The day that African Americans have set aside to celebrate our freedom from slavery in the United States of America is now an official New York State Holiday.

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Earlier this summer Governor Cuomo signed an Executive Order that made Juneteenth a Holiday, but Executive Orders can be rescinded if a new Governor is elected.

MORE: How to Celebrate Juneteenth All Year Long

The New York State Legislature passed a bill that made Juneteenth a Holiday, but it wasn't official until it was signed by the Governor.

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WKBW is reporting that Governor Cuomo signed that bill into law on Wednesday, October 14th.

Celebrated in Buffalo since at least 1976, Juneteenth is the oldest celebration of the end of slavery.

Juneteenth was the oldest known observance of the ending of slavery in the United States. According to historical records, the celebration began on June 19, 1865, the day Major General Gordon Granger of the Union Army rode into Galveston, Texas in final execution of the Emancipation Proclamation.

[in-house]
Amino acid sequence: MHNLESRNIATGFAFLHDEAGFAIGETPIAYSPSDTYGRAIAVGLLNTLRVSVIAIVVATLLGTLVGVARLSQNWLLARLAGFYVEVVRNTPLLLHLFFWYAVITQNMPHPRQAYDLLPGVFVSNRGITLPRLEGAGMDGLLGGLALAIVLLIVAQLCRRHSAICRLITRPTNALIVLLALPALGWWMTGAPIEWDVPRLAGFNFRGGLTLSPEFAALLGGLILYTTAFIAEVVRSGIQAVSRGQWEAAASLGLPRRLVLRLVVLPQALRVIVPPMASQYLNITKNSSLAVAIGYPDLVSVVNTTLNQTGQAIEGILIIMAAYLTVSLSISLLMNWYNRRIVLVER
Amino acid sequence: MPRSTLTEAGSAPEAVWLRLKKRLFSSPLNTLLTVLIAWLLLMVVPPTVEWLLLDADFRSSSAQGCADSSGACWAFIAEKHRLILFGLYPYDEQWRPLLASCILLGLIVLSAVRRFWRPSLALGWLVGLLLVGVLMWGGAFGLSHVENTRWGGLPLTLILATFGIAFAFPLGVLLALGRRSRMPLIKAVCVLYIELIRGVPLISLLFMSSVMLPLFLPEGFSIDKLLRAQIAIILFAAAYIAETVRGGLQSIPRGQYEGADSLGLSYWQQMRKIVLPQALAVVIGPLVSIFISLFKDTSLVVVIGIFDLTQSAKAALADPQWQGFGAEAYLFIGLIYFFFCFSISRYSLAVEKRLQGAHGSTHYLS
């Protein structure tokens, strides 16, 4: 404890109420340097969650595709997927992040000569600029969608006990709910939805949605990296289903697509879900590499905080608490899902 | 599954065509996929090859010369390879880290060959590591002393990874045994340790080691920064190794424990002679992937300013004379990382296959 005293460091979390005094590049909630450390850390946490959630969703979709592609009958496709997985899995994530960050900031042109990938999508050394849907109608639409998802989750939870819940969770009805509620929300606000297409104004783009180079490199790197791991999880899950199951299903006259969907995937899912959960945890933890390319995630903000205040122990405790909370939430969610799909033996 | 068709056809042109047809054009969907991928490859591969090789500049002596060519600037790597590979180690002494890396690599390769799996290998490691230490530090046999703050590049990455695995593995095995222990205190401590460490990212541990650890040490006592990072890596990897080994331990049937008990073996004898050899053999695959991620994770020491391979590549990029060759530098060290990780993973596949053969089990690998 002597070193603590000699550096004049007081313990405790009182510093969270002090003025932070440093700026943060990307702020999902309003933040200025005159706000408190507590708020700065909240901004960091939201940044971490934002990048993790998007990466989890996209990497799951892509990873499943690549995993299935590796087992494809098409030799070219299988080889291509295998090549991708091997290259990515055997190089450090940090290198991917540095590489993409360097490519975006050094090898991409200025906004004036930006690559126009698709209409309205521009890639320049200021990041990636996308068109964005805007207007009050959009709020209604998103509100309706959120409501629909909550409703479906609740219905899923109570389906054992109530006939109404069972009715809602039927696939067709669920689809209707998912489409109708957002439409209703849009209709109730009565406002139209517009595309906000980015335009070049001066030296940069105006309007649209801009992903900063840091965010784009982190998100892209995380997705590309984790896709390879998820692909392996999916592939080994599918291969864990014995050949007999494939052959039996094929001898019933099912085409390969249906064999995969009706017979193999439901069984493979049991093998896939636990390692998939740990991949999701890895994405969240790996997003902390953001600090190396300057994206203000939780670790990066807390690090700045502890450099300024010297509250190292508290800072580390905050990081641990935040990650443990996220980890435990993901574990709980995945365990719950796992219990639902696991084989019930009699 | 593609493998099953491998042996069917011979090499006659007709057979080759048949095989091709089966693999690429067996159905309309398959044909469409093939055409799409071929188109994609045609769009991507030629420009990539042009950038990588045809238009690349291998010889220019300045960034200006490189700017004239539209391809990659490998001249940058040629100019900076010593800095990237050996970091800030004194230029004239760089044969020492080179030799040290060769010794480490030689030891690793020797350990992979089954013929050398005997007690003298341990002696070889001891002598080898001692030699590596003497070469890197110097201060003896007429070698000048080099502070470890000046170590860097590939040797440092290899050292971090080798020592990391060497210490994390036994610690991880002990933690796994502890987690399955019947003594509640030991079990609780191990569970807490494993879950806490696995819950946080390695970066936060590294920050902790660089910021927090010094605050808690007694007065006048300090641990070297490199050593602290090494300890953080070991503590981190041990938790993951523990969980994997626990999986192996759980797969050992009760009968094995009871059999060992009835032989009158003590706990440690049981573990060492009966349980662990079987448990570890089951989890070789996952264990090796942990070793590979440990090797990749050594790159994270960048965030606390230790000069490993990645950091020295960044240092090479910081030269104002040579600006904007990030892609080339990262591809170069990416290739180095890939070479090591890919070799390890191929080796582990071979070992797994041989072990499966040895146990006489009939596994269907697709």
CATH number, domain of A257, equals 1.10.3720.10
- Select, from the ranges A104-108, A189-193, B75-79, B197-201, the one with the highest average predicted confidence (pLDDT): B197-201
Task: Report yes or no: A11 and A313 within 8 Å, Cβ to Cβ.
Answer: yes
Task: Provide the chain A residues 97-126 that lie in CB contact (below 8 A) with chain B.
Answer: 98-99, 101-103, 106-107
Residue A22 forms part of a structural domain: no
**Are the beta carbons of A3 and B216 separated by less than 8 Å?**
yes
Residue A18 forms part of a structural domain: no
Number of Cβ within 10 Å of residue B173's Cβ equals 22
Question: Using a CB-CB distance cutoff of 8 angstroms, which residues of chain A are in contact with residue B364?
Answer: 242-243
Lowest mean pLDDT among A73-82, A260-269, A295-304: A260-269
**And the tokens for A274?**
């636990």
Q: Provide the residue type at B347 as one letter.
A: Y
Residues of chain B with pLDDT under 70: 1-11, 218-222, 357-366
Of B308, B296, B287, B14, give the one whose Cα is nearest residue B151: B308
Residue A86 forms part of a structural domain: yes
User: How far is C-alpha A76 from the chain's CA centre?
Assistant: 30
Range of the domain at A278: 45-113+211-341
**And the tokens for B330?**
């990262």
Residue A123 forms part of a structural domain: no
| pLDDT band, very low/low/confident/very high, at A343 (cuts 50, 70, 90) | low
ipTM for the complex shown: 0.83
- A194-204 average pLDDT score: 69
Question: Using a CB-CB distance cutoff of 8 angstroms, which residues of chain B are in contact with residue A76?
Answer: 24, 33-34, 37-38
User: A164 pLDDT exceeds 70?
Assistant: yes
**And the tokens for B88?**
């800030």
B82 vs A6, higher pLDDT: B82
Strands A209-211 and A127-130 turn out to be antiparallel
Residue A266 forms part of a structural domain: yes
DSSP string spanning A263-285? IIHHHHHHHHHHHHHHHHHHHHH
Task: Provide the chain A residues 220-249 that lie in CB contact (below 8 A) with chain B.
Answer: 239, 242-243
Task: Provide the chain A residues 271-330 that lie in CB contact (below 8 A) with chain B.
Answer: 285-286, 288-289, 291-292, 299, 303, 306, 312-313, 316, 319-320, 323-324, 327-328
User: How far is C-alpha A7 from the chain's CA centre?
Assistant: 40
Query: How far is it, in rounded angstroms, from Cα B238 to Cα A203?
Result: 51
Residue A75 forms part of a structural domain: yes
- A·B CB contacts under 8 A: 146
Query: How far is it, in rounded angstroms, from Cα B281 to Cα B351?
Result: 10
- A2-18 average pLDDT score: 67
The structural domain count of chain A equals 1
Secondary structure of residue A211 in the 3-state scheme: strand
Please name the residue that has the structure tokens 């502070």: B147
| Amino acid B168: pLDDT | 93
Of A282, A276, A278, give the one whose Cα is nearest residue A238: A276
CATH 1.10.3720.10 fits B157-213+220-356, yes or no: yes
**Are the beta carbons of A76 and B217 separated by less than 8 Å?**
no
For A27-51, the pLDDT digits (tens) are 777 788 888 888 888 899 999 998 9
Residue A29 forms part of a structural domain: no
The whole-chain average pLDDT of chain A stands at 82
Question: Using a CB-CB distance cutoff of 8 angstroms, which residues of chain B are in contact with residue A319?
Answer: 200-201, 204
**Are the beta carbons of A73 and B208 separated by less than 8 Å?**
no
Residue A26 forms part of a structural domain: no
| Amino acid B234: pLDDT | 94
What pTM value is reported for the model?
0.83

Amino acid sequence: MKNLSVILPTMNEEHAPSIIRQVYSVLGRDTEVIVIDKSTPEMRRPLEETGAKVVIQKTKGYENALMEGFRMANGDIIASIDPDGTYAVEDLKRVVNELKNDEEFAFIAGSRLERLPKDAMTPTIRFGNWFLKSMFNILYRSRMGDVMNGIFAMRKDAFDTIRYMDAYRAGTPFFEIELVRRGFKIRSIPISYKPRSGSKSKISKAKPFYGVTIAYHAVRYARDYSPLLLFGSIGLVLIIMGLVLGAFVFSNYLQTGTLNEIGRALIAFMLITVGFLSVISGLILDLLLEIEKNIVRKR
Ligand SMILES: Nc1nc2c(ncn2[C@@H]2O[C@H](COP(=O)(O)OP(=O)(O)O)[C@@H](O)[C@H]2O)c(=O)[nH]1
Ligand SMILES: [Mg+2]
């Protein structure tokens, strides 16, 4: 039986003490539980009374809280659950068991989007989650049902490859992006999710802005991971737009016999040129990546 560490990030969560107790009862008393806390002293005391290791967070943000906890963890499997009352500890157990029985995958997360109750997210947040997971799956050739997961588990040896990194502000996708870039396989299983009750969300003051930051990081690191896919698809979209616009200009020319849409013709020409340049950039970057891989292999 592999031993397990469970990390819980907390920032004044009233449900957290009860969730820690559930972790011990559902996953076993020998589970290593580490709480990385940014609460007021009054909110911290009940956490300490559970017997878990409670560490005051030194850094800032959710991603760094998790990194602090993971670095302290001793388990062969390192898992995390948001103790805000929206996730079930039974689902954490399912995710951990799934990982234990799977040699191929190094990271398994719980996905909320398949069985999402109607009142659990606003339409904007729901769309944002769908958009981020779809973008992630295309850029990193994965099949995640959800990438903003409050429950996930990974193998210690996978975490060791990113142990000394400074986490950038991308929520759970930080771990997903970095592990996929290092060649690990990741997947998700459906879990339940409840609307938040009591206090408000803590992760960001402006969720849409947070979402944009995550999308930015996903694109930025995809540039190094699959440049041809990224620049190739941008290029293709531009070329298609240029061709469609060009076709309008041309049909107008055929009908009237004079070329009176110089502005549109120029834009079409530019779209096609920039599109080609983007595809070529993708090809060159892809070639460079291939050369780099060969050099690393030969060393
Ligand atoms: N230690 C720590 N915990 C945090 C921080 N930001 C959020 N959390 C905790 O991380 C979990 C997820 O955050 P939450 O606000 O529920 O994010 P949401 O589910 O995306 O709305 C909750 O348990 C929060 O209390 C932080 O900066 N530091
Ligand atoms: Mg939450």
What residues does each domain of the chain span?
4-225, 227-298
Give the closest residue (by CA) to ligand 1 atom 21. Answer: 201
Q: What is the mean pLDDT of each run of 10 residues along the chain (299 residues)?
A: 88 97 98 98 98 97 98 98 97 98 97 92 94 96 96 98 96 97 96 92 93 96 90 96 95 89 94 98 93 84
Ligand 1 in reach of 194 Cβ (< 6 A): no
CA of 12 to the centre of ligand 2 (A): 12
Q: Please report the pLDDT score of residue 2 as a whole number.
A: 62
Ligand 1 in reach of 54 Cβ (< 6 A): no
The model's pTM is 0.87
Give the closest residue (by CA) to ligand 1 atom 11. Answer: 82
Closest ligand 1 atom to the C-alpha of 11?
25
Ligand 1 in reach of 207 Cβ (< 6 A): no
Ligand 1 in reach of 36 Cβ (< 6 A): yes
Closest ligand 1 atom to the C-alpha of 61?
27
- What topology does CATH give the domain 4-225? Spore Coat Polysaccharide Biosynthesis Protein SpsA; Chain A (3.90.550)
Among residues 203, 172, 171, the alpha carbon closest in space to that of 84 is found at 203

Issued by President Abraham Lincoln on September 22, 1862, the Emancipation Proclamation stated, among other things, "That on the 1st day of January, A.D., 1863, all persons held as slaves within any State or designated part of a State the people whereof shall they be in rebellion against the United States shall be then, thenceforward, and forever free..."
-History of Juneteenth, Juneteenth Festival of Buffalo, Inc.

Even though slavery ended in 1863 after President Abraham Lincoln signed the Emancipation Proclamation, there were still large parts of the country where slavery was still in existence. It took more than 2 years before the last group of slaves was freed by General Granger in Galveston, Tx.